Sexually transmitted infections (STIs) are passed through vaginal, anal, or oral sexual contact. Female symptoms of an STI can include vaginal itching, rashes, unusual discharge, and pain. However, many sexually transmitted infections display no symptoms at all. Left untreated, STIs can lead to fertility problems and an increased risk of cervical cancer, making it all the more important to practice safe sex.

Prevention for Women

All women should take certain preventive measures to avoid catching or transmitting STIs:

Regular Testing

If you are not in a long-term monogamous relationship, getting tested every year, or before you engage in sex with a new partner, is highly recommended. Women should get a Pap smear every year, and should ask their doctor whether the HPV (human papillomavirus) vaccination is suggested for them. Also, ask if you should be tested for any other STIs.

Insist Your Partner Wear a Condom

Whether it’s for vaginal, anal, or oral sex, a condom can help protect you both. Avoid “natural” condoms, which do not offer protection against STIs; use latex (or polyurethane in the case of a latex sensitivity). Spermicides and other forms of contraception may protect against pregnancy but they do not protect against STIs. Female condoms and dental dams can provide a certain level of protection; however, opinion is still divided as to whether they are as effective as the male condom in preventing transmission of STIs.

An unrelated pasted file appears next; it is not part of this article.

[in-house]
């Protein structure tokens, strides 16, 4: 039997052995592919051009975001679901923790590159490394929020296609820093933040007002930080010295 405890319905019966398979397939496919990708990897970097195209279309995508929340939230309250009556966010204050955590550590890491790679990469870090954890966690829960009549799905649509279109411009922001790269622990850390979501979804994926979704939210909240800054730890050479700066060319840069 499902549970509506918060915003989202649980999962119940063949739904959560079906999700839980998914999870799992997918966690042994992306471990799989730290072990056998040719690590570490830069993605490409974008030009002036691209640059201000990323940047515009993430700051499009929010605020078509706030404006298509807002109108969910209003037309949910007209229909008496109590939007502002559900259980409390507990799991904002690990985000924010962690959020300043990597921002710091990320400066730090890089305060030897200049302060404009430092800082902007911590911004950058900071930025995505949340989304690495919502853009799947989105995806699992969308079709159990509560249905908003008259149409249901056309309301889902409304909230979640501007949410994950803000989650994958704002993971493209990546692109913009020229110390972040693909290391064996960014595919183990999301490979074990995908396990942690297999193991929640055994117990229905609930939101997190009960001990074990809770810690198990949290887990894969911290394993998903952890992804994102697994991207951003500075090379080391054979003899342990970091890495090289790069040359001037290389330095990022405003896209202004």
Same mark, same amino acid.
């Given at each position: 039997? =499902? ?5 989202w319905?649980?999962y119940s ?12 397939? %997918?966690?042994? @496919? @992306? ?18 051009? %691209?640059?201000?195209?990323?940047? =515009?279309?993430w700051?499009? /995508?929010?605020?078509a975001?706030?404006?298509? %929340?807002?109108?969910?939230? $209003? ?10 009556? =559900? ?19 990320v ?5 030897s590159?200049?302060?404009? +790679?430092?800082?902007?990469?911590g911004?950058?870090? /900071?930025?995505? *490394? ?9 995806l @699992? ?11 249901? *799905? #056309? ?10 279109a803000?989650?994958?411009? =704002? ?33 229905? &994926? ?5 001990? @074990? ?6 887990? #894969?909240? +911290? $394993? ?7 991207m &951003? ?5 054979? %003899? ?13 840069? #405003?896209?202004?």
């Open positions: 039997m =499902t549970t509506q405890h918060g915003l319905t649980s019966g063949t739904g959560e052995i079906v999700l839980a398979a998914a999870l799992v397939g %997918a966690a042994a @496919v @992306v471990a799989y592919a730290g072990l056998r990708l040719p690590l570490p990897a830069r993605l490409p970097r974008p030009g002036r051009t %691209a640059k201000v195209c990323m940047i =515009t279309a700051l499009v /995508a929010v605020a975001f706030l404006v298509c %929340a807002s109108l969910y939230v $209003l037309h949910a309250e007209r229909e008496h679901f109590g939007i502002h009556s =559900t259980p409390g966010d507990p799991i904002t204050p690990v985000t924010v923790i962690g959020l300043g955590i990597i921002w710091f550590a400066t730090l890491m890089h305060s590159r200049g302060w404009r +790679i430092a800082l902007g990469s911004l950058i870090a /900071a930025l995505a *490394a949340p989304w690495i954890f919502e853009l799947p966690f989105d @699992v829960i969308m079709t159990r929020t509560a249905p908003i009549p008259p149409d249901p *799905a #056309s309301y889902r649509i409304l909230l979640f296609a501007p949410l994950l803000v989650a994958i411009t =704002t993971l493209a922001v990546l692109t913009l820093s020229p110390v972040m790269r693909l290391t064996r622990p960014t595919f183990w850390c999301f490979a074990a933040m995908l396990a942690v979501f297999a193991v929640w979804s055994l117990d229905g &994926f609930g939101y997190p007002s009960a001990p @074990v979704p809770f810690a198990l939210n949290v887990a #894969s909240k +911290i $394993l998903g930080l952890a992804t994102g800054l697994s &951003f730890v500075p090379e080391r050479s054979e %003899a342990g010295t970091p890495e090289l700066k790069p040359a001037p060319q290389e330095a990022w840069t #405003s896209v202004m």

Communicate

Honest communication with both your doctor and your partner about sexual history is essential.

Symptoms Women Should Look For

Women should also be aware of potential STI symptoms so that they can seek medical advice if necessary. Some of the most common symptoms are:

Changes in Urination

Any pain or burning sensation during urination, the need to pee more frequently, or the presence of blood in the urine can indicate an STI.

Abnormal Vaginal Discharge

The look and consistency of vaginal discharge changes continually through a woman’s cycle, and most women know that the thick, white cottage cheese discharge is a sign of a yeast infection. Fewer women are aware that yellow or green discharge might indicate gonorrhea or trichomoniasis.

Itching in the Vaginal Area

What could be an allergic reaction could alternatively be a yeast infection or pubic lice.

Pain During Sex

This is an often overlooked symptom but abdominal or pelvic can be a sign of pelvic inflammatory disease (PID), caused by an advanced stage of infection.

Abnormal Bleeding

Abnormal bleeding is another possible sign of PID or other reproductive problems arising from an STI.

Rashes or Sores

Sores or tiny pimples around the mouth or vagina can indicate herpes, HPV, or even syphilis.

There is no foolproof method to protect against STIs other than through abstinence. By being aware of changes in one’s body and by practicing safe sex, women can protect themselves and their partners, making the transmission of an infection far less likely.